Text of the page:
Every year, another crop of determined new employees enters the workforce, and your organization, for the first time. They’re smart, they’re energized, and they’re ready to change the world.
And then…reality sets in.
The hours are longer and the projects aren’t quite as exciting as they expected. Their manager doesn’t seem to appreciate their “brilliance” and there’s minimal focus on career planning.
Enter the attrition cliff. Whether one, two, or three years in, companies are seeing their early career employees flee the premises in record numbers. The post-recession job market is rapidly heating up and with the cost of replacing professional talent hovering around $50,000 per employee; organizations are starting to pay attention.
How do you know if you’re an offender? Below are some of the most common mistakes organizations make while trying to retain this talent cohort:
- “Photoshop” your culture – Much as magazines alter the appearance of their models to remove any imperfections, companies are often guilty of doing the same when introducing new employees to their culture. You highlight the juice bar, ping pong table and state-of-the-art gym and have them interview in the best conference room with the most engaging managers in the office. Yet, young professionals continually report disillusion that the place they chose to work looks, and most importantly FEELS, much different than what they perceived in their interview process.
- Make promises you can’t keep – Career Paths, Training and Exposure to Executives. These are just a few of the dangling lures for which young professionals report having selected one company over another. However, many of these same employees complain that once they actually entered the organization’s doors, they found that these opportunities were not available to them in their first year.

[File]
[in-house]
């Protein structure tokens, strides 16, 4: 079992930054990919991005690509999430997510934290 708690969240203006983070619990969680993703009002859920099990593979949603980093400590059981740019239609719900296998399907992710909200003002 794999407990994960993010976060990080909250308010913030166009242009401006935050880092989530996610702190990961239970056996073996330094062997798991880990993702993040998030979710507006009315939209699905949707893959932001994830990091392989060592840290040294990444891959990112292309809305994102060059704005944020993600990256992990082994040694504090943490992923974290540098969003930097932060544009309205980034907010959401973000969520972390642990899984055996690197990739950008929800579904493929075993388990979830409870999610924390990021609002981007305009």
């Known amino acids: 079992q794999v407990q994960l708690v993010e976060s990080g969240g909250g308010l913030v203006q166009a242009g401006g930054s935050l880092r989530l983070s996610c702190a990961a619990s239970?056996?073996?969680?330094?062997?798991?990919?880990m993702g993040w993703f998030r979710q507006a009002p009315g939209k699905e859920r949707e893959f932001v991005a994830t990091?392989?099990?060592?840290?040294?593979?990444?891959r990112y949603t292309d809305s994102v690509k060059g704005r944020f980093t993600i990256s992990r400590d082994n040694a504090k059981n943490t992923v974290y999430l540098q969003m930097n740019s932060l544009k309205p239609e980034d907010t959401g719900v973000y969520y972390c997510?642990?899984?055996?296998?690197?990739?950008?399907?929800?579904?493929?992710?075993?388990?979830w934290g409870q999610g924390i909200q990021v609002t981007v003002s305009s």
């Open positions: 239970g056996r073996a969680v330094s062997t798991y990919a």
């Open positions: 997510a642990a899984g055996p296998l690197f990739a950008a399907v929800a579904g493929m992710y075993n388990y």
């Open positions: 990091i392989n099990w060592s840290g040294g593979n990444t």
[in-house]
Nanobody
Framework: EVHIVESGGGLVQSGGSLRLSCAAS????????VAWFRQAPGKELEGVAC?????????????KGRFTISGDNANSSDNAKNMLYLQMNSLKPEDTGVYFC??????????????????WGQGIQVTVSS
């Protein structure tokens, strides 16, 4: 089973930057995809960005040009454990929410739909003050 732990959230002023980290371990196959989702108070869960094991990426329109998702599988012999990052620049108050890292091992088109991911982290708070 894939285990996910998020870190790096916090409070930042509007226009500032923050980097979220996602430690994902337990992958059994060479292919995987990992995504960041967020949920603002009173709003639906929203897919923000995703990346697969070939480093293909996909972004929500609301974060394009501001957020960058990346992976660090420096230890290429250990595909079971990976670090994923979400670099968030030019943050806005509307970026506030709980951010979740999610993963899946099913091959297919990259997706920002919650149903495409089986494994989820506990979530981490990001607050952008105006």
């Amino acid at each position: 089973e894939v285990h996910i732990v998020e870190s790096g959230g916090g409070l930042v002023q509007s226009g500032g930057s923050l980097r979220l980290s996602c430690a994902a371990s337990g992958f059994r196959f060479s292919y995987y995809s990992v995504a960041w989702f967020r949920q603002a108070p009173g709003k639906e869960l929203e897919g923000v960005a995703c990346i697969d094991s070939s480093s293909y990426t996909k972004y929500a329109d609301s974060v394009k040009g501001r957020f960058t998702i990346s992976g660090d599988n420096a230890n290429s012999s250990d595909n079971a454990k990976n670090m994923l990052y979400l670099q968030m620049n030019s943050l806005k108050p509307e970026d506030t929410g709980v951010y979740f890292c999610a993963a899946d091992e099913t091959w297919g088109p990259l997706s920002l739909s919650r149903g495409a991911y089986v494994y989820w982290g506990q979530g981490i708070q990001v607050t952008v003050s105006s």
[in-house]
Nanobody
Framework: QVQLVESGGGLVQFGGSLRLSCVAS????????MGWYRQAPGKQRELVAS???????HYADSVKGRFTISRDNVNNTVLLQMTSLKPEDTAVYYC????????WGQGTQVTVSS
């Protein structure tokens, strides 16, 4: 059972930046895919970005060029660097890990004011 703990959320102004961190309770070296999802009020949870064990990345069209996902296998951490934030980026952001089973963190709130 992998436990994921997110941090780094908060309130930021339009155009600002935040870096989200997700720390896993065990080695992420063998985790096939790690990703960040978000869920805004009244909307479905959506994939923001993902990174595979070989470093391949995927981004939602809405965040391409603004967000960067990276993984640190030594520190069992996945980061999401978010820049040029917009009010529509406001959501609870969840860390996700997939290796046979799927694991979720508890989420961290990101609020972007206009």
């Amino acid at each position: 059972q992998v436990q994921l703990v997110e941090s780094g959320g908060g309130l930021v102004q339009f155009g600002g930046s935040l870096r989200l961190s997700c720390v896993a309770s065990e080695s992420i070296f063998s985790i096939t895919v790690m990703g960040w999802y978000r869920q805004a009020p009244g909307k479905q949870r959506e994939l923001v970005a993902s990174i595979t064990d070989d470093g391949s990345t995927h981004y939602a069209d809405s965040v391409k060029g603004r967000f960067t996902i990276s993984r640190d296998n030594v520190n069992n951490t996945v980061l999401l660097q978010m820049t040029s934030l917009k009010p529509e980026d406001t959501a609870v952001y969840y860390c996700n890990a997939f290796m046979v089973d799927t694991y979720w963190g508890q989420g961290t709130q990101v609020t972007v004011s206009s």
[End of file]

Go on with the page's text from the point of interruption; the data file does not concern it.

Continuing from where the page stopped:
- Ignore mediocre people leaders – Most companies report making investments to improve the skill set of their managers. Yet, Lominger International’s research indicates that “coaching and developing others” is consistently in the bottom third of competencies rated in management 360-degree assessments. So it’s no surprise that studies continue to report “relationship with direct supervisor” as one of primary reasons people leave jobs. There is a direct correlation: the less skilled your managers the higher your attrition rates will be, especially with your most talented employees.
- Use a “One Size Fits All” approach to training – Many companies have spent years developing tried-and-true leadership programs. They love them so much that in fact they’ve used them for decades, and fully intend to continue to do so. While the core concepts may still be relevant, the skillset and mindset of the audience has changed, as has the way people learn and communicate.
So what’s a company to do? Not to fret, there are simple things you can do to avoid these common mistakes and retain millenials:
- Be authentic – Clearly explain the benefits and opportunities of working for your organization. Acknowledge the challenges (company in transformation, need to create new products, desire to up-skill managers to be better coaches) and discuss how the employee might contribute.
- Prepare your managers – Traditional leadership programs have their place, but today’s managers need to be more coach than cop to develop and retain a new generation of employees. This means truly understanding the mindset of early career employees and focusing on bridging the gap, which may mean adjusting themselves – and the way things have always been done – along the way.
- Segment career development – Whether you like it or not, there’s a new generation entering the workforce, they’re over 50 Million strong, and you can’t survive without them. To avoid rolling eyes and turning your culture upside down with training programs catered to generational stereotypes, think longer term and invest in training customized to their unique needs. Provide them with development opportunities – including feedback and coaching within their first year of employment. Created with foresight and timed correctly, a small investment can make a large impact.
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